Without a doubt, this year 2017 highlights my journey through some of the festivals outside the city from which I speak because of how much I’ve learned from other ways of understanding and dealing with flamenco, and the brotherhood created in these circumstances among journalists themselves, and even the artists.
But it would be unfair not to mention the good fortune I have of experiencing flamenco up close in Los Alcores. Because probably, neither Mairena nor El Viso del Alcor are likely to open the daily national news, but only here, and in very few other places – let’s include La Puebla de Cazalla – can flamenco fans receive a master class in the art of knowing how to listen, something mentioned by Pedro Madroñal in his book, and you see how interpreters get butterflies being in a place that represents a school and where flamenco singing is taken outdoors. Thus, in Mairena, I felt the emotion of those competing in the Concurso de Cante Jondo de Antonio Mairena, and on the following day I could watch Esperanza Fernández giving her all in the best recital I remembering her giving. Just like in the Festival de Cante Grande in El Visor del Alcor where Mayte Martín came to warm us up on a cold and very windy night.
In this area, we also find two artists whom we mention since they deserve more recognition than they receive: Rubio de Pruna, a sure bet with a penetrating delivery that raises the level of any program, and Manuel Cástulo, an essential singer who connects us to the most classical roots from the most affable vision, and doesn’t understand flamenco singing unless it’s all the way. Be sure to listen to his Entre Tiempos, one of the albums that I’ve most listened to this year. It’s so great when people sing great!
Being is more important than being there
Of these 365 remaining days, naturally, with those open interviews in which the artist can show their true self when they’re not on the other side. In one of these conversations, I was able to show that the humility that Dorantes exhibits is in no way a pose, and that his artistic discourse comes from his memories, but is fueled by his enormous curiosity and his capacity to listen and learn.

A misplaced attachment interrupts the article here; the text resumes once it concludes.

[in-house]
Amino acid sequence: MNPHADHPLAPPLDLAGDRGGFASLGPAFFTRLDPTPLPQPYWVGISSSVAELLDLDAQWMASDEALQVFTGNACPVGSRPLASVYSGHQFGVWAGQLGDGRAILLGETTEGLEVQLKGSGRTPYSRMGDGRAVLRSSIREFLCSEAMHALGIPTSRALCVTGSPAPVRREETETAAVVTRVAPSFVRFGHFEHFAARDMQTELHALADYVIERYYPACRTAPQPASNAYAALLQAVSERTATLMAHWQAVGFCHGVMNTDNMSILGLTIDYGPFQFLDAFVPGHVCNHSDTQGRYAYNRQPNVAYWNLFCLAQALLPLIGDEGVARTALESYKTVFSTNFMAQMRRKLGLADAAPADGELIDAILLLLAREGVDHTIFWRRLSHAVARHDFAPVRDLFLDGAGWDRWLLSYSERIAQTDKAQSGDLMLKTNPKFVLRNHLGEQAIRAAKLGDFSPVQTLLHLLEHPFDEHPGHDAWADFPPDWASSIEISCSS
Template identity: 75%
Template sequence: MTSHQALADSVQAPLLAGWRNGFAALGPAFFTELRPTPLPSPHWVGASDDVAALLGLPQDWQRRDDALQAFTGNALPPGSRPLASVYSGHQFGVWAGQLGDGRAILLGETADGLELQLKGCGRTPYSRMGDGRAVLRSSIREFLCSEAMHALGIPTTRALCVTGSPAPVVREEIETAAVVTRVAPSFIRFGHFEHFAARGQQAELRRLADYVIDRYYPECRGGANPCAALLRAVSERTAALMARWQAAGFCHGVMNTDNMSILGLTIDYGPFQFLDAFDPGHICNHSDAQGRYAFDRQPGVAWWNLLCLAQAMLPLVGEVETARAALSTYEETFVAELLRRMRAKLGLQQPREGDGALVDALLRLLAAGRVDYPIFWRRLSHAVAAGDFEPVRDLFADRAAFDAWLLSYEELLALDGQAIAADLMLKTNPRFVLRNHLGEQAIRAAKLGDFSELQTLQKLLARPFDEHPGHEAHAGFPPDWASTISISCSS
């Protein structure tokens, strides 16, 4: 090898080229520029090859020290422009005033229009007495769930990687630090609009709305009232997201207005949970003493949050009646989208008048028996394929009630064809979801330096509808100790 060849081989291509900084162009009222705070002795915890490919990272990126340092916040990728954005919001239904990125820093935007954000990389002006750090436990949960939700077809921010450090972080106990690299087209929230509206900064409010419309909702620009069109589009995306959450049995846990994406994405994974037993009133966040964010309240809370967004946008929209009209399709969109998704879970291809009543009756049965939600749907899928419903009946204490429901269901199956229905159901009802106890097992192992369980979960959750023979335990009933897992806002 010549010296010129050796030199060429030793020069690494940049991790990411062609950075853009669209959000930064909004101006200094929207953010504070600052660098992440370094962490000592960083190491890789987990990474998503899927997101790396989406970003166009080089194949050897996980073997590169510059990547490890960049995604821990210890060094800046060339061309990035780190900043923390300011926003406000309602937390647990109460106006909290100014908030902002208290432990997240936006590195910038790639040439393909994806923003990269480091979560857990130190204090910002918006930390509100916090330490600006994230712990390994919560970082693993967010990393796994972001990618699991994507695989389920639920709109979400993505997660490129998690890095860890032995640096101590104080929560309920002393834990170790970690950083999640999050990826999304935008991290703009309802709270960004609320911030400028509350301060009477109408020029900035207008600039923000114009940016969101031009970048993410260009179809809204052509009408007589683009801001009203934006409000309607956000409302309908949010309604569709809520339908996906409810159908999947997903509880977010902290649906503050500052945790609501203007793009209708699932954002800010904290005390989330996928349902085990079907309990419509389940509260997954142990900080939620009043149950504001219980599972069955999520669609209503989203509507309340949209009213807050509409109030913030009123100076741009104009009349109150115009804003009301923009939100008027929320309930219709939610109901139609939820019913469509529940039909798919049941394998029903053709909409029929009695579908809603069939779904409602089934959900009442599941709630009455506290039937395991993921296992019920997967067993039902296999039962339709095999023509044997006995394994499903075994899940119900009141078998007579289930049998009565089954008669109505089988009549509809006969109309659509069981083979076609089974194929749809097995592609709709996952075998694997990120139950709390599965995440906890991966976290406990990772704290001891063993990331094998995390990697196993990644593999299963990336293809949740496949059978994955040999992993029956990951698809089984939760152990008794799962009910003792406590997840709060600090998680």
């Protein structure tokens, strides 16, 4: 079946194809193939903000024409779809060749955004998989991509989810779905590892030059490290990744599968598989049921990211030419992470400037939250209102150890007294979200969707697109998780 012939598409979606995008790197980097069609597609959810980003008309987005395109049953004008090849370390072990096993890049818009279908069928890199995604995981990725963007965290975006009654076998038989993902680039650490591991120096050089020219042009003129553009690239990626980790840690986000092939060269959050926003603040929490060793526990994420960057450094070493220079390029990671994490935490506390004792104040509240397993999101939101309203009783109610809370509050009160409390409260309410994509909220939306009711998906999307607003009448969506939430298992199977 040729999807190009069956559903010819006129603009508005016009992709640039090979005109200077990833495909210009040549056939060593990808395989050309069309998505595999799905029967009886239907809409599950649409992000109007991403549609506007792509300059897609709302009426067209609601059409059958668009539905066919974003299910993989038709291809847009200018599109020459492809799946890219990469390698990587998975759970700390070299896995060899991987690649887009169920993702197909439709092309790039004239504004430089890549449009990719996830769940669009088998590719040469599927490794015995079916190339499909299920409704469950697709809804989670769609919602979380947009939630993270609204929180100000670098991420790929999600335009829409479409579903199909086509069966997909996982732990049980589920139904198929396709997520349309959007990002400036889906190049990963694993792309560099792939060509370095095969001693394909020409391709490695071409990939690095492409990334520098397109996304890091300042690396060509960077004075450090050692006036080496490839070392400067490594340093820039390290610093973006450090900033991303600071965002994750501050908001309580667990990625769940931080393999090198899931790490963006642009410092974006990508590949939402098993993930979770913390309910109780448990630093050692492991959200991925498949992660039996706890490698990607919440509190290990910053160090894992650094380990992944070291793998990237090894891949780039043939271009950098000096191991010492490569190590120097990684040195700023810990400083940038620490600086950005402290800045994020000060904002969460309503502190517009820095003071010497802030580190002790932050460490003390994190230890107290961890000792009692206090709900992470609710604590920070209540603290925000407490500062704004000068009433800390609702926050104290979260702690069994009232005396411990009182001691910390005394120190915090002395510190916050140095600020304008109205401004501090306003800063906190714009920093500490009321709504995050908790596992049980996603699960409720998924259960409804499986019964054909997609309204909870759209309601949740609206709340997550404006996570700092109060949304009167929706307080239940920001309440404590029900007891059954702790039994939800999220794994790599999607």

In another, that the strength and enthusiasm Patricia Guerrero transmits on stage is equally captivating face to face. And yes, she’s going to devour the world if she so chooses, because her main virtue isn’t her youth, but her shrewdness and solidity.
Of the talk with Tomasito, I remember what he wanted to say but didn’t finish, partly due to his own nervousness, and mostly, because he uses that stop-and-start way of speaking to exhibit his great sense of humor and supposedly to hide his intelligence.
And from Mayte Martín, I learned the lesson that even she is not aware of. Because that day, now I can say this, I came from accompanying a writer in the promotion of his book – another of the jobs I carry out – and he openly explained how he did studies and collected statistics to write a story that would have the highest possible volume of sales. I mean with Excel and everything. Afterwards, in the interview with Mayte, she stopped to explain her artistic concept and her desire not to be a victim of the industry or of fashion. Her statements sounded so solemn and authentic, that when I hung up the telephone I admired her more than usual, and I thought of that phrase of Eduardo Galeano as spoken by the painter Portinari: “all I know is this, art is either art, or it’s shit”.
And lastly, I can’t close without mentioning Rocío Márquez, without a doubt, with her commitment, bravery, intelligence and generosity, one of the singers who most contributes to current flamenco. Firmamento is another recording I always have on table of my office, because it’s where I find an approach that I whole-heartedly believe in.
As for the rest, forgive me if I’ve forgotten anything important, or if I fail to mention many things I would have liked to comment on – such as that Don Quixote of Andrés Marín – but which I wasn’t able to do.